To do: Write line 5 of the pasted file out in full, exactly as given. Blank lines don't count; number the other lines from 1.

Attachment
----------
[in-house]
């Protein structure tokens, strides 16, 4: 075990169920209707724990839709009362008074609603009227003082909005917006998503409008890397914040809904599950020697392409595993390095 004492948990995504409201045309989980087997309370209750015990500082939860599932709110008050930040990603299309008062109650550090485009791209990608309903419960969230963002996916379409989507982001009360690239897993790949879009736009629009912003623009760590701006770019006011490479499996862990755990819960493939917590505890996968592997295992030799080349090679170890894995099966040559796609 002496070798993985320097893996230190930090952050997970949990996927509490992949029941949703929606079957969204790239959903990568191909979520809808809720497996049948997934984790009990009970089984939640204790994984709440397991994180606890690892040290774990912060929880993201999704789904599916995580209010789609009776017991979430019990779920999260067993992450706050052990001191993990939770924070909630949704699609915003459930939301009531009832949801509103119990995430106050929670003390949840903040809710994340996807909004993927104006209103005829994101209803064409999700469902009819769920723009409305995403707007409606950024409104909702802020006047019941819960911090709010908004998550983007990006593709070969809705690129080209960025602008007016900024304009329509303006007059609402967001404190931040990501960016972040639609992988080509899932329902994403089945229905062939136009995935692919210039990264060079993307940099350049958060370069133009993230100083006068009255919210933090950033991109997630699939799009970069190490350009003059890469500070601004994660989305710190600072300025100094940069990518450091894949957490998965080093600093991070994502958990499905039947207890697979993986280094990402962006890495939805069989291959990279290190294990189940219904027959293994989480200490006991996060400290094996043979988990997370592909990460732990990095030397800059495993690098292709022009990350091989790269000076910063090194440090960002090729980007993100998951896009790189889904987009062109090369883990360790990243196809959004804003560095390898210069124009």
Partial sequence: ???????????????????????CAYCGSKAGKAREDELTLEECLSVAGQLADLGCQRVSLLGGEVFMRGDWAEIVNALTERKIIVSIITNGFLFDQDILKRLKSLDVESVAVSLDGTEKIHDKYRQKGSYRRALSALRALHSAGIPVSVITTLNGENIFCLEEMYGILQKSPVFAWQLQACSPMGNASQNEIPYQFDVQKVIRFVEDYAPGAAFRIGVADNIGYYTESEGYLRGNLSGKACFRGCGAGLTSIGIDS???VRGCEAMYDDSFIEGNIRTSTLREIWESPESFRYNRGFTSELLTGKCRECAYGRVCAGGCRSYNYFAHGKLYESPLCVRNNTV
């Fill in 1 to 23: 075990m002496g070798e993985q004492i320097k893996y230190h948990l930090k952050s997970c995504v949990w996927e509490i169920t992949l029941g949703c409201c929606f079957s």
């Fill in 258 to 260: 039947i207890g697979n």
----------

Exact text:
């Fill in 258 to 260: 039947i207890g697979n």